Here's a picture of sort of the way I like my muffins to look.
I can actually get them to expand just about that big on top, but it's still not exactly how I want them to be. Commercial muffins like the ones in Hannaford (a grocery store), and that picture, have that unnatural shine to them and brown so evenly and easily, and not really the hard caramelized brown you get in homemade muffins. Maybe it's the type of ovens bakerys have too, compared to a home oven, but I also think a lot of the properties that I like come from the emulsifiers they use. I have an ingredient list of the muffins at Hannaford, and basically the only thing I don't have are the emulsifiers and propylene glycol which are in every commercial muffin that I like the looks of.
Do you know what I mean by the "commercial" look of that muffin in the picture? The browned parts aren't that "burnt" caramelized brown you get from an oven, where it has a certain taste to it, it's more like a brown that didn't come from really burning the muffin, if that makes sense. For instance, when the muffins in Hannaford have some of the dough on the side of the cup it doesn't burn like it would in a homemade muffin, it just gets that nice brown color, and that's it. Here's a comparison to a homemade muffin (not one of mine, just something I found on the internet):
The homemade muffin has that crystalized/caramelized brown, and you can even see the sugar, but the commercial muffin up top has that smooth appearance.
I've analyzed the muffins in Hannaford way too much, I know, but it's fun to try to duplicate things, and I've seen muffins that were baked wrong and the tops weren't sliced so the inside could flow out, and the top surface of the muffin was flat, and had that nice shine and brown-ness that the top picture has. So somehow they're baked and turn perfectly brown and "fake" looking, and then they're sliced and and the inside bubbles up through, and then they're sold. I think when the dough is heated, it browns nicely (it almost looks like a film, but it seems to do that everywhere the muffin is exposed to heat, which you can even see on the muffin cup in the picture on top, so I doubt it's a glaze them put on top) and it doesn't bend or move. If the muffins do rise without the top cut (I've seen a couple), the flat top is just pushed up really high, but it's still flat, just like how it would have been when they put it in the cup. Their dough just seems really strong, it doesn't flex like "homemade" dough that uses no gums or emulsifiers, homemade muffin tops bend and break when they're pushed up from inside, but Hannaford's don't, the dough is too strong or something. I've actually had a muffin where the inside top wasn't done, so I could see what their dough is like, and it wasn't like homemade dough, it was gooey and seemed gellish (sort of like the dough I make if I put a lot of gums in it).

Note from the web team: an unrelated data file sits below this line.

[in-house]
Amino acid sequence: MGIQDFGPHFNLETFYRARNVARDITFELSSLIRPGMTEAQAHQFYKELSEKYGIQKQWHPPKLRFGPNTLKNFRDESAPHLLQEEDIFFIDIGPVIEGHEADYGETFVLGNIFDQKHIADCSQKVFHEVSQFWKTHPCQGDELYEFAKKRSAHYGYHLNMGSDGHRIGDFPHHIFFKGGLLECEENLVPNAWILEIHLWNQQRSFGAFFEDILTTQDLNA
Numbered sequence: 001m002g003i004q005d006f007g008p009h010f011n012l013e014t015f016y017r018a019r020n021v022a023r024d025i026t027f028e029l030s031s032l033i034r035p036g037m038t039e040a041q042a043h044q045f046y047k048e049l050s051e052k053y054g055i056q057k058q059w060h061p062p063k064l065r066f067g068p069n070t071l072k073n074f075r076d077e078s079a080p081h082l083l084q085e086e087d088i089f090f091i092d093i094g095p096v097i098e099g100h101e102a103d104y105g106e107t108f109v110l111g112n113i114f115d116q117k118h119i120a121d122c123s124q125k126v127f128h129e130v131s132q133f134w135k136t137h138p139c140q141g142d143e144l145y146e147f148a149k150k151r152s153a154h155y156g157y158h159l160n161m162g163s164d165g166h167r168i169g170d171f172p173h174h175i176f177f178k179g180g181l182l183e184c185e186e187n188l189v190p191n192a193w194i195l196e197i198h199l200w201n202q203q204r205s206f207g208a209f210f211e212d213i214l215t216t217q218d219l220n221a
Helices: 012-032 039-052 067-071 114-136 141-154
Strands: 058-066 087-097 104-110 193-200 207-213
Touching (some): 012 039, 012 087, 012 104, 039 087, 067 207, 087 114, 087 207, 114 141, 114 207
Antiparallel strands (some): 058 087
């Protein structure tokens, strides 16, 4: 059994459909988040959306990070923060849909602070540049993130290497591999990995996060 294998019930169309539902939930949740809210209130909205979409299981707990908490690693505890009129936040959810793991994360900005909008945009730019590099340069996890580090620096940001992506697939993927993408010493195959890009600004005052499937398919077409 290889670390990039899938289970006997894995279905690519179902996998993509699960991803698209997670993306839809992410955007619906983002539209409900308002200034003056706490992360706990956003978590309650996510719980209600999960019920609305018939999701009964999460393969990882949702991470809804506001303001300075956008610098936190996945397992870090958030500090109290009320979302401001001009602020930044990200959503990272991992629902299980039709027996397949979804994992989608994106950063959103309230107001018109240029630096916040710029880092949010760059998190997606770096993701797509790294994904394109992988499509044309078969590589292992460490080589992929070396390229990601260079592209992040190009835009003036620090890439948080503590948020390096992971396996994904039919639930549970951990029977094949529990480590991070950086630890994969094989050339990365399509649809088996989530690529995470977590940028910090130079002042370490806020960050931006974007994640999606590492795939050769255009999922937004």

Also, one more question, does anyone know how the grocery stores make their in store muffins? Do they just use a mix and add water, or do they use a mix and then add the shortening and the eggs? By seeing how much cholesterol the muffin has, you know exactly how much egg yolk it would have, yet their muffins don't have a yellow color, they're very, very white. There aren't any bleaching agents used in the muffins either, so I'm wondering if they just screwed up (they do have some obvious spelling errors in the ingredient listings, and some have errors in where things are placed based on weight in the ingredient list) or maybe they use some type of dried egg yolk that's bleached or something? But then again, if they did use a dried egg yolk/whole egg, that would mean that "eggs" would drop way down on the ingredients list, and wouldn't be right after sugar. Unless they were reconstituted dried eggs or something crazy like that. Well, let me know if any of you pro baker's know any way I can get those commercialized looking muffins!
Just adding: I've tried so many iterations of muffins with all different amounts of baking powder, gums, soy lecithin, water, so none of those factors are what's wrong.
Ingredients and Nutrition Facts:
Just FYI, the "sodium esseinate" in the ingredients is actually sodium caseinate.